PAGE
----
Take my grandfather, for example. A farm boy, he left school after Grade Four. That was in the 1800s, so it wasn’t remarkable. By the time he retired, he was the superintendent of construction for a major Ontario construction company, and spent his evenings poring over complex engineering and architectural drawings, doing complex calculations. He had acquired education on the job, but he had no certificates to show for it. His employers didn’t care, and let him build airports.
This acquisition of knowledge and skills is perhaps most efficiently done in the classroom, but often the better inculcation occurs in the home, the shop, and even online. I have been blessed with many great teachers, but few greater than my parents and grandparents. They taught work ethic, problem solving, human relations… heck, I learned to read long before I went to school by ciphering the headlines as my Grandad read the newspaper, chuffed on his pipe, and tolerated (perhaps even encouraged) my constant questioning.
One summer, when I was a junior counsellor at summer camp, one of the senior counselors taught me Euclid and chess strategy in the evenings. Why? Well, he was born to teach, and couldn’t help himself.
None of this is to belittle the role of our schools and our dedicated teachers. My own Ontario Teacher’s Certificate is among my proudest possessions. But this is to argue that we need to untangle the knot of education, certification, and daycare. They are completely different matters, and to try to solve all three at once will only produce a headache.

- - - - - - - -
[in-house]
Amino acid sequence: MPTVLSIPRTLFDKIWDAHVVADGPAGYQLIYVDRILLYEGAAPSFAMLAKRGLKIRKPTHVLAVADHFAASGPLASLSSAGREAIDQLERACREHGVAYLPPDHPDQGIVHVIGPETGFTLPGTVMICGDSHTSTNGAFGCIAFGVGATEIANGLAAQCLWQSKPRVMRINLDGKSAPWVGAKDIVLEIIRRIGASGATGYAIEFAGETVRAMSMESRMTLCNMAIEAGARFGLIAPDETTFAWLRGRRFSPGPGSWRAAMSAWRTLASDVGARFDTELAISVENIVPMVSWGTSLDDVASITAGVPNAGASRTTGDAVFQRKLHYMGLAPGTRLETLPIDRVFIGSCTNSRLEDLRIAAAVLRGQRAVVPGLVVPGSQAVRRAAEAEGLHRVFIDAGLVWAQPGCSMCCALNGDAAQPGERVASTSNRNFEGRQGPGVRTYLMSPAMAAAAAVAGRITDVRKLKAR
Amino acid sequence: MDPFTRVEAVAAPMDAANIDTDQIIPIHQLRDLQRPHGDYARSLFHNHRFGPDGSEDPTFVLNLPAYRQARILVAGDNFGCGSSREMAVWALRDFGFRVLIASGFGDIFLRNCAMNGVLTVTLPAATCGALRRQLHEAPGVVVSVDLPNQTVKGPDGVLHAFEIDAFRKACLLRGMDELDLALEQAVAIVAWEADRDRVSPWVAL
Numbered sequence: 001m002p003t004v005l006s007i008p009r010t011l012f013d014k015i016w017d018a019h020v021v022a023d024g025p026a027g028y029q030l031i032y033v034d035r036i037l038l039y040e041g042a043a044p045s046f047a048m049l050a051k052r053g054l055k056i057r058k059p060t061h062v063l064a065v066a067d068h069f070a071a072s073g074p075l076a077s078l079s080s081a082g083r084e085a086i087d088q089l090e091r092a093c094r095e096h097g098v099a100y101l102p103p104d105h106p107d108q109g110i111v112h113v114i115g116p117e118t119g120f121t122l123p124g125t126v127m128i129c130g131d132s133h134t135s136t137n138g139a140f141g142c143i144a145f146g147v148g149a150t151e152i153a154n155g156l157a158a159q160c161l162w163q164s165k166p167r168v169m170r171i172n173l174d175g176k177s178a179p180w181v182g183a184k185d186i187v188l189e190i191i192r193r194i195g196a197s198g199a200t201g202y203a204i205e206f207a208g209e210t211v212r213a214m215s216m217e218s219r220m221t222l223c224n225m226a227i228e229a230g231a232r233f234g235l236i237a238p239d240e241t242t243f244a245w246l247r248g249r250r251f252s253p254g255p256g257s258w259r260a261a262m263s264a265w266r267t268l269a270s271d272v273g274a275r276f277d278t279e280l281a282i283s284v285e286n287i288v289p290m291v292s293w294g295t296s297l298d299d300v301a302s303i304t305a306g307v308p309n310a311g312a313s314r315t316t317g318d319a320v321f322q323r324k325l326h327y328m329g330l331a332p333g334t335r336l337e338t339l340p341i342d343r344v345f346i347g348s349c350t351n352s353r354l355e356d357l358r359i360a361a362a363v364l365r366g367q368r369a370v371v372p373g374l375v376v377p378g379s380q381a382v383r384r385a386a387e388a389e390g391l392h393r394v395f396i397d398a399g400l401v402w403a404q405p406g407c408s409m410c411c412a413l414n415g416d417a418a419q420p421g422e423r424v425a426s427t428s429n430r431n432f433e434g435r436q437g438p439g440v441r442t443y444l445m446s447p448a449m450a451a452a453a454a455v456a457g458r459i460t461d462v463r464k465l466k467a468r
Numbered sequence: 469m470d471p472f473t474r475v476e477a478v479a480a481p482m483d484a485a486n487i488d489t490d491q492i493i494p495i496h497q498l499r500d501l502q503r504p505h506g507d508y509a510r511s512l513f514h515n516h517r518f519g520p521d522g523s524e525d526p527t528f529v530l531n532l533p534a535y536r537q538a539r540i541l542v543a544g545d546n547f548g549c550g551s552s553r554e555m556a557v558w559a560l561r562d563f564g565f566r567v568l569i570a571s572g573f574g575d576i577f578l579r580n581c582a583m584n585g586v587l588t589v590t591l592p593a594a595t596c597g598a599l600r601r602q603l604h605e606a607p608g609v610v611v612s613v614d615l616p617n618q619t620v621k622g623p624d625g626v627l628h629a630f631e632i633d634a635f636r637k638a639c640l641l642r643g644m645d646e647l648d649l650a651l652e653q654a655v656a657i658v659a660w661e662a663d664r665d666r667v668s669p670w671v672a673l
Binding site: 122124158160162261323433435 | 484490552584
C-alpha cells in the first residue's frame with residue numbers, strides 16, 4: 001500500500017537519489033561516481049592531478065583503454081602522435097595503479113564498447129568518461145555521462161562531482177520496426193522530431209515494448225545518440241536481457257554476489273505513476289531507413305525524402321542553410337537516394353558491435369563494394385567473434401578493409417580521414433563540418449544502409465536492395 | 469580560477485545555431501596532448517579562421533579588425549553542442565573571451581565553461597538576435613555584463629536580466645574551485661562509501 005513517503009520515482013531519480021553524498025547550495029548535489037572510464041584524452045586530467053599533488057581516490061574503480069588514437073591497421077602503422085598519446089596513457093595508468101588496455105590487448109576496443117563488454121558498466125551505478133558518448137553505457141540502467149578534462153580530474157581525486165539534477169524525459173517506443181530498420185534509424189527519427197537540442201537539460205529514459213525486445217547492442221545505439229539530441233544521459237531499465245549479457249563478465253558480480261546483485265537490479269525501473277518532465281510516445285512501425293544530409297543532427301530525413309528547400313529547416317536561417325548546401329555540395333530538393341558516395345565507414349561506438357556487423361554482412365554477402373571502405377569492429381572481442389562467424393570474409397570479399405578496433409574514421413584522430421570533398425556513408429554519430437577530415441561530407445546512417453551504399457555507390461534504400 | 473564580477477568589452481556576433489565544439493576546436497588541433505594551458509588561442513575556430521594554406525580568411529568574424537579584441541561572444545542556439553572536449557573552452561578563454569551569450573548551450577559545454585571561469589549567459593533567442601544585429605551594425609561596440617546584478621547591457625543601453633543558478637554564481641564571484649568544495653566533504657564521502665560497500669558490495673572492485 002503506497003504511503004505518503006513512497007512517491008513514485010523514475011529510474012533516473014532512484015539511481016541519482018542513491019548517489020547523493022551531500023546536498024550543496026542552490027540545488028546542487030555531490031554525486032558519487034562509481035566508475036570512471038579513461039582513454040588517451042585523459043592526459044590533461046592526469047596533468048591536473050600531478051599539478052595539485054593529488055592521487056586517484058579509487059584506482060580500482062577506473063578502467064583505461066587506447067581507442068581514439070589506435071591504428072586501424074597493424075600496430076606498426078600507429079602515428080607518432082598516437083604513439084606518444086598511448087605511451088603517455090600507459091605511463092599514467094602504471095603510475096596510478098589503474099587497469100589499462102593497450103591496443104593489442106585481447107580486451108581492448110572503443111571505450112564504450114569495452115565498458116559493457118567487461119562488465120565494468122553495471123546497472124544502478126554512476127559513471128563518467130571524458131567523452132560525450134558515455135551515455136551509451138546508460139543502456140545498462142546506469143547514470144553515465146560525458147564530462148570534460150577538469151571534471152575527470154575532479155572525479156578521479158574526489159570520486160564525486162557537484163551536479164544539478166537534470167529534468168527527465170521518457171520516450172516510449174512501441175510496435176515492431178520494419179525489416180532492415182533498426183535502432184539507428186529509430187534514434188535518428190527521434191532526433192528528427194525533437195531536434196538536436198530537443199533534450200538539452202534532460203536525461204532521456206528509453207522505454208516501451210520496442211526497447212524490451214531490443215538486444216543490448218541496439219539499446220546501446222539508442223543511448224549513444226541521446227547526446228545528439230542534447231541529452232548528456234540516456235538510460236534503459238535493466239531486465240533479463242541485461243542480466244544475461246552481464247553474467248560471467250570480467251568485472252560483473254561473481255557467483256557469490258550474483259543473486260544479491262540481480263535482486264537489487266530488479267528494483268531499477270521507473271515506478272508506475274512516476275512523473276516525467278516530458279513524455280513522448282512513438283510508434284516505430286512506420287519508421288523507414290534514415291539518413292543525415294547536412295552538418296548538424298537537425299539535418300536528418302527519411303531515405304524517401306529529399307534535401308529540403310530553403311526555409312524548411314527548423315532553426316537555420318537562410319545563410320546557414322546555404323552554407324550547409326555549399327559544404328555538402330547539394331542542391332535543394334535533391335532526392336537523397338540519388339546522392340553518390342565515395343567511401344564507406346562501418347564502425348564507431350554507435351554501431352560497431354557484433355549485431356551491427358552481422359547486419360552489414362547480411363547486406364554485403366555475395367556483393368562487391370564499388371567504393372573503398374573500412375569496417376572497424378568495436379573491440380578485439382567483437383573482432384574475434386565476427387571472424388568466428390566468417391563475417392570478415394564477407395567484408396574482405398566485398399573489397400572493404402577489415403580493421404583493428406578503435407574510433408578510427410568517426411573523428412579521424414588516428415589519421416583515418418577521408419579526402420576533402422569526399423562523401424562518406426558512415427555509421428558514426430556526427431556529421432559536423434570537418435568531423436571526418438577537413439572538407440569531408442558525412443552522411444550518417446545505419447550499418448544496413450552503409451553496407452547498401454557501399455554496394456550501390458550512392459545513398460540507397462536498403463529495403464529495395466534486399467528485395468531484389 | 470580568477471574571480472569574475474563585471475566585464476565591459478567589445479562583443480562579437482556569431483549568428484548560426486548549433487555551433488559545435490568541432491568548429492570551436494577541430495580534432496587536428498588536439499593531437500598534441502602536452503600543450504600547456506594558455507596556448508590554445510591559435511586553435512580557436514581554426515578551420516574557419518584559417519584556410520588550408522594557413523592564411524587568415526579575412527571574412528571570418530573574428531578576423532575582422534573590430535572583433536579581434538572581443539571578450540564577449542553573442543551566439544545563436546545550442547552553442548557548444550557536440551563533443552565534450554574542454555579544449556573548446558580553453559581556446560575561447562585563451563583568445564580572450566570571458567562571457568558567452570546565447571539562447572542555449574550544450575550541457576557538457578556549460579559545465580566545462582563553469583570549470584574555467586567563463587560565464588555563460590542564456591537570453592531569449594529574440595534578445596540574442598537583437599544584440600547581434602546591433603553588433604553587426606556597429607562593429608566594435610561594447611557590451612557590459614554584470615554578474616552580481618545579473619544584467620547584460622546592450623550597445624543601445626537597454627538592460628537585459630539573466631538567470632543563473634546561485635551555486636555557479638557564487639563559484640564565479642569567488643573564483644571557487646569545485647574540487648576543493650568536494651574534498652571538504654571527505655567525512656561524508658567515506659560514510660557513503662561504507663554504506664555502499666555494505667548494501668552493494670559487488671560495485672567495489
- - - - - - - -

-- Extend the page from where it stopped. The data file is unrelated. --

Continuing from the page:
To the daycare conundrum I have no snappy answers and I’m intensely grateful that I’m not the one to have to sort that out. But to the notion that essential education stops when kids can’t go to school, I say “Nonsense!”
There may never be a better time for our kids to discover their giftings, passions, and aptitudes, and to spend time toying with ideas, musical notes, web design, history, paint, calculus, German poetry, or the violin. With the depth and breadth of the internet and the ability for like-minded kids to collaborate online, who could ask for richer resources? And given the likelihood that many of these giftings are inherited, what better time for mom or dad or Aunt Ethel to pour of themselves into the lives of their talented kids.
Because every kid is talented. The trick for us is to identify their giftings, and to help them discover and develop them. The happy news is that this exercise invariably gives more back than we give in.
Yes, but what of that High School Leaving Certificate? What of the application to grad school? Well, for the most part, this isn’t competitive-- almost everyone is in the same boat. And second, maybe it’s time for credential granters to get a little more creative about what really matters and the purpose of the certification.
Post-COVID may be another six months, maybe another year, down the road. But in the meantime, let’s not waste the opportunity we have. There’s a lot of real, serious education to acquire. Heck, even for adults!
Norman Bowley teaches the Alignment Doctrine and the Client Code-- secrets to building the professional practice you and your clients deserve.